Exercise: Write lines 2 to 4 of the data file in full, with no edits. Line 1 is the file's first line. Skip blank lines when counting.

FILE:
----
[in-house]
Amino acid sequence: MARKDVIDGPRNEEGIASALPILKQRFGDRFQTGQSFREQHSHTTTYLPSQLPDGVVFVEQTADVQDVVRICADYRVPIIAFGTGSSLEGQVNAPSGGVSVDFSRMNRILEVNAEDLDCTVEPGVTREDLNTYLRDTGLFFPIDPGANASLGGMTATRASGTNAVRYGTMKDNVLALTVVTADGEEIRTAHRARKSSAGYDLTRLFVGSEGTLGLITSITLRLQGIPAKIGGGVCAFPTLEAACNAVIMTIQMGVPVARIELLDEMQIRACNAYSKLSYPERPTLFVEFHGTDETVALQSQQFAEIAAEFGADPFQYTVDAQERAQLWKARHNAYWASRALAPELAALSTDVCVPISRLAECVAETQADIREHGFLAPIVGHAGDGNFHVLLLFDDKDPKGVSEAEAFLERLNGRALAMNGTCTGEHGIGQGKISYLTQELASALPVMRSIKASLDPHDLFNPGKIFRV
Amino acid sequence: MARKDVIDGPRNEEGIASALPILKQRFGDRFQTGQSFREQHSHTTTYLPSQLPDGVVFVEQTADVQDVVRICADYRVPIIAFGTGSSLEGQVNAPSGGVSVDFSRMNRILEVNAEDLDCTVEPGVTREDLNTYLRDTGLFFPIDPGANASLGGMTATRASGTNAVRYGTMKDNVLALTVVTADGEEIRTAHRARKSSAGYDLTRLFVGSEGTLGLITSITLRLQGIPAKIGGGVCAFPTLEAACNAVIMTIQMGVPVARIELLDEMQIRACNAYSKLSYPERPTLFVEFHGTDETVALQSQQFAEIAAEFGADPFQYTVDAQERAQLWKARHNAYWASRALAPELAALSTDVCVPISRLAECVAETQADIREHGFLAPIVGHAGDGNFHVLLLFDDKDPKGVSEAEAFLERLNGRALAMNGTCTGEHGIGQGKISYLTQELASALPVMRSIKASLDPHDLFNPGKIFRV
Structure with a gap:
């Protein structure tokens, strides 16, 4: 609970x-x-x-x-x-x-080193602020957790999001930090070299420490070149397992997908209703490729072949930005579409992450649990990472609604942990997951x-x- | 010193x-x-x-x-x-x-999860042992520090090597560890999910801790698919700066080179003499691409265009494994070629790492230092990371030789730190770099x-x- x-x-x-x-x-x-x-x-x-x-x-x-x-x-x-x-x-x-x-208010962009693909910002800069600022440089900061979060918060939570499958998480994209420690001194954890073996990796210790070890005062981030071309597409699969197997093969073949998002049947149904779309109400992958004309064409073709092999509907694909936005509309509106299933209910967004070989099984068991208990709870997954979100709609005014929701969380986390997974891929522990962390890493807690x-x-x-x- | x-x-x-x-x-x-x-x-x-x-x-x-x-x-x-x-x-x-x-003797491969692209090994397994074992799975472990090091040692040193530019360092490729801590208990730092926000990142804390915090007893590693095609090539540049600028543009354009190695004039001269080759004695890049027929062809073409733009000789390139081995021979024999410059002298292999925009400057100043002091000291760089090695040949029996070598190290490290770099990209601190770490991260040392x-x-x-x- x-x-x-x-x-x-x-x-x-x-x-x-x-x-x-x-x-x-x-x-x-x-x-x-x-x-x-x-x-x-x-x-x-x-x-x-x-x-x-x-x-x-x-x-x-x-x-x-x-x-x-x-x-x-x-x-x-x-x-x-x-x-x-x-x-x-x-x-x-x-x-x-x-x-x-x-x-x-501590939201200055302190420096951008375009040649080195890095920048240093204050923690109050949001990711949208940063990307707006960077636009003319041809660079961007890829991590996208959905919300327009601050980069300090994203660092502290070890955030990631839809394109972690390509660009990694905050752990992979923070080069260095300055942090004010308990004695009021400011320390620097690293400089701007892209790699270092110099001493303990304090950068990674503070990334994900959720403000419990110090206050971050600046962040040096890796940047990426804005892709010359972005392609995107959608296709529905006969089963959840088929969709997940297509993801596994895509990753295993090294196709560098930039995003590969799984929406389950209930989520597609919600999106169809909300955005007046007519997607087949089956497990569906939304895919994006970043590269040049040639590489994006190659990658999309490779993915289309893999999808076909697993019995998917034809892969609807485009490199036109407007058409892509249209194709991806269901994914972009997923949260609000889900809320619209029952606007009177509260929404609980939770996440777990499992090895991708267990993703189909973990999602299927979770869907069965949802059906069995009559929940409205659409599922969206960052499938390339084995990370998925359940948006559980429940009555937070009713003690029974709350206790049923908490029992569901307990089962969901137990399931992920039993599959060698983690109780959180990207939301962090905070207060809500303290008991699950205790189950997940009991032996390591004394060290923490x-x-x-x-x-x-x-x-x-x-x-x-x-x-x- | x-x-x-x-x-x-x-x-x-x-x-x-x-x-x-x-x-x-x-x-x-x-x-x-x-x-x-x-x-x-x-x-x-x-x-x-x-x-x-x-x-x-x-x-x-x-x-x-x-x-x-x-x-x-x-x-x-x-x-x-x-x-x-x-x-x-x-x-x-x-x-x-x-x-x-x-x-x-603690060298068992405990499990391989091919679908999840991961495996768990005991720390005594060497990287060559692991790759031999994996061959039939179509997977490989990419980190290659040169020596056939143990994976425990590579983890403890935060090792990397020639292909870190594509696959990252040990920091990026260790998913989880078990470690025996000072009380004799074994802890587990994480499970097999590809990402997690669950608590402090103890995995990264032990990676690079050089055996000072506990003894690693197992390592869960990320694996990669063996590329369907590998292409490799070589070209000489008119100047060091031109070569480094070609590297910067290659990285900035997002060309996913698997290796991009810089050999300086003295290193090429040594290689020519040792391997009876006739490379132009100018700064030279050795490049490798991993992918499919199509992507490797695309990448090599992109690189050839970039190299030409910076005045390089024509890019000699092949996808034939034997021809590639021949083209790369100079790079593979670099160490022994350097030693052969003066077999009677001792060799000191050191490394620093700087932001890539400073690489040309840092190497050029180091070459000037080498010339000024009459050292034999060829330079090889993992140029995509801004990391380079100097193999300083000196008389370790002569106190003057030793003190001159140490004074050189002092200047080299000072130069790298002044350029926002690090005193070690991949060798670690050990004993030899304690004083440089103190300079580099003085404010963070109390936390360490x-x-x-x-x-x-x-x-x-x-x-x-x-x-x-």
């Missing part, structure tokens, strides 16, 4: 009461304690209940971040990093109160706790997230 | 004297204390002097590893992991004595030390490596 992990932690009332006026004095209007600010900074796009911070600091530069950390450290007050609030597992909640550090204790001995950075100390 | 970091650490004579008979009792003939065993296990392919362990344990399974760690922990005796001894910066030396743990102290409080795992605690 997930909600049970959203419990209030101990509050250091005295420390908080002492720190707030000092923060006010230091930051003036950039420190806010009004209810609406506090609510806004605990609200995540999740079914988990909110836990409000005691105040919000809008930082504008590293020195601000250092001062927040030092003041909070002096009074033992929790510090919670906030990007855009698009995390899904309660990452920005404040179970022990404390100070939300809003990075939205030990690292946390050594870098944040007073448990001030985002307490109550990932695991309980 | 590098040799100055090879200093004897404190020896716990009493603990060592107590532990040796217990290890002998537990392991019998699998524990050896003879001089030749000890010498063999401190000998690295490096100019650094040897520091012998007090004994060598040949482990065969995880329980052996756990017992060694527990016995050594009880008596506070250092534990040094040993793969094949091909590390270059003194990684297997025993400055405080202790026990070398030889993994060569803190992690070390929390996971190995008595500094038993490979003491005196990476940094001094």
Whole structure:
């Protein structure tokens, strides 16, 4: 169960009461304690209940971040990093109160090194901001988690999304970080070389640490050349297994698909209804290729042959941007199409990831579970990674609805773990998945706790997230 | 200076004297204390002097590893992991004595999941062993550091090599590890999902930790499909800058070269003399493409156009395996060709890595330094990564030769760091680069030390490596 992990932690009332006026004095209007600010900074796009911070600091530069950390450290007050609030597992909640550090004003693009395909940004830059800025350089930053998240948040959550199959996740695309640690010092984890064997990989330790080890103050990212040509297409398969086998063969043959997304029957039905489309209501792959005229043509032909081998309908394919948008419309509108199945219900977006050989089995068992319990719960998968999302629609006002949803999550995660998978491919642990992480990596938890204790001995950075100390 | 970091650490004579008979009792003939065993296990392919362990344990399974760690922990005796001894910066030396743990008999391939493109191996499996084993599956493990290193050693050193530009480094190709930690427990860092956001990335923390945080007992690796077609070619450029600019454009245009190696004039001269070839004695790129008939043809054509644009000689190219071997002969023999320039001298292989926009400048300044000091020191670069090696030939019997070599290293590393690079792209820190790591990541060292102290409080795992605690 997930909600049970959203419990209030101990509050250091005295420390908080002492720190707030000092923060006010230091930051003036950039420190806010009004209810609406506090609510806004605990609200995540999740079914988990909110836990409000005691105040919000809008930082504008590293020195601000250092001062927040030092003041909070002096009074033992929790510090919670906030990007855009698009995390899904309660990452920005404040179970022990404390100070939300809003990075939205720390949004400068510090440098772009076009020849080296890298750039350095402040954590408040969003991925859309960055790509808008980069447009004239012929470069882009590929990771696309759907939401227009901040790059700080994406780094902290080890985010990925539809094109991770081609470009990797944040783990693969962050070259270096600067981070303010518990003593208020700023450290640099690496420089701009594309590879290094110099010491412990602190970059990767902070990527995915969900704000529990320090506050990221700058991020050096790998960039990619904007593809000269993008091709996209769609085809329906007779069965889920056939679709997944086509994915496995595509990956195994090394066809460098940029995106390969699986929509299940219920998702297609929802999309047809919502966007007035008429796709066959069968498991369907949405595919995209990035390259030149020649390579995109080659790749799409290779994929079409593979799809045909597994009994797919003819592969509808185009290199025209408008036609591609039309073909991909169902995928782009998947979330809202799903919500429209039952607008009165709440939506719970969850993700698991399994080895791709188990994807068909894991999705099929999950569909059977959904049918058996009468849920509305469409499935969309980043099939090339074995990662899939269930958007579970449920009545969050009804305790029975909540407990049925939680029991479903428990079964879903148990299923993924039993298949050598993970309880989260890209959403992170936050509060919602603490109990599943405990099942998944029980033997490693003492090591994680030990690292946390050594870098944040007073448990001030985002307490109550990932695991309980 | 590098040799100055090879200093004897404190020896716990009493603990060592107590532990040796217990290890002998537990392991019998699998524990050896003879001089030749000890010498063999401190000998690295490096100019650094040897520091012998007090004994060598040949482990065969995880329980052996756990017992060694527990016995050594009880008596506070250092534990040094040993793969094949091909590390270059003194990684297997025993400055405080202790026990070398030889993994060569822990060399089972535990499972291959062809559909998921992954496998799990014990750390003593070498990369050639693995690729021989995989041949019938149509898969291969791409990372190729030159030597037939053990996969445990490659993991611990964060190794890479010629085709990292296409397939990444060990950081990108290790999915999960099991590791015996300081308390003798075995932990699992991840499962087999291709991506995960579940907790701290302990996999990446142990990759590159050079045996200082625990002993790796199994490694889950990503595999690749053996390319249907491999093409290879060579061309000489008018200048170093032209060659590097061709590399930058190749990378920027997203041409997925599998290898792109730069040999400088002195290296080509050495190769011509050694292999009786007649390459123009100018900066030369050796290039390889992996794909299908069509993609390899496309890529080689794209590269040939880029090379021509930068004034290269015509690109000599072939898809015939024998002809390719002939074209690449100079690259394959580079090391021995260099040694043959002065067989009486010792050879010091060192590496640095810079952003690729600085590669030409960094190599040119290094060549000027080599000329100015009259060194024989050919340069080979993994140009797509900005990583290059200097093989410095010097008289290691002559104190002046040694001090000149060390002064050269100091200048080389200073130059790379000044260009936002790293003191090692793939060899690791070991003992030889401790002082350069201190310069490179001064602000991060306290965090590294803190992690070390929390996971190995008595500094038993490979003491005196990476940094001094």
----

Amino acid sequence: MARKDVIDGPRNEEGIASALPILKQRFGDRFQTGQSFREQHSHTTTYLPSQLPDGVVFVEQTADVQDVVRICADYRVPIIAFGTGSSLEGQVNAPSGGVSVDFSRMNRILEVNAEDLDCTVEPGVTREDLNTYLRDTGLFFPIDPGANASLGGMTATRASGTNAVRYGTMKDNVLALTVVTADGEEIRTAHRARKSSAGYDLTRLFVGSEGTLGLITSITLRLQGIPAKIGGGVCAFPTLEAACNAVIMTIQMGVPVARIELLDEMQIRACNAYSKLSYPERPTLFVEFHGTDETVALQSQQFAEIAAEFGADPFQYTVDAQERAQLWKARHNAYWASRALAPELAALSTDVCVPISRLAECVAETQADIREHGFLAPIVGHAGDGNFHVLLLFDDKDPKGVSEAEAFLERLNGRALAMNGTCTGEHGIGQGKISYLTQELASALPVMRSIKASLDPHDLFNPGKIFRV
Amino acid sequence: MARKDVIDGPRNEEGIASALPILKQRFGDRFQTGQSFREQHSHTTTYLPSQLPDGVVFVEQTADVQDVVRICADYRVPIIAFGTGSSLEGQVNAPSGGVSVDFSRMNRILEVNAEDLDCTVEPGVTREDLNTYLRDTGLFFPIDPGANASLGGMTATRASGTNAVRYGTMKDNVLALTVVTADGEEIRTAHRARKSSAGYDLTRLFVGSEGTLGLITSITLRLQGIPAKIGGGVCAFPTLEAACNAVIMTIQMGVPVARIELLDEMQIRACNAYSKLSYPERPTLFVEFHGTDETVALQSQQFAEIAAEFGADPFQYTVDAQERAQLWKARHNAYWASRALAPELAALSTDVCVPISRLAECVAETQADIREHGFLAPIVGHAGDGNFHVLLLFDDKDPKGVSEAEAFLERLNGRALAMNGTCTGEHGIGQGKISYLTQELASALPVMRSIKASLDPHDLFNPGKIFRV
Structure with a gap: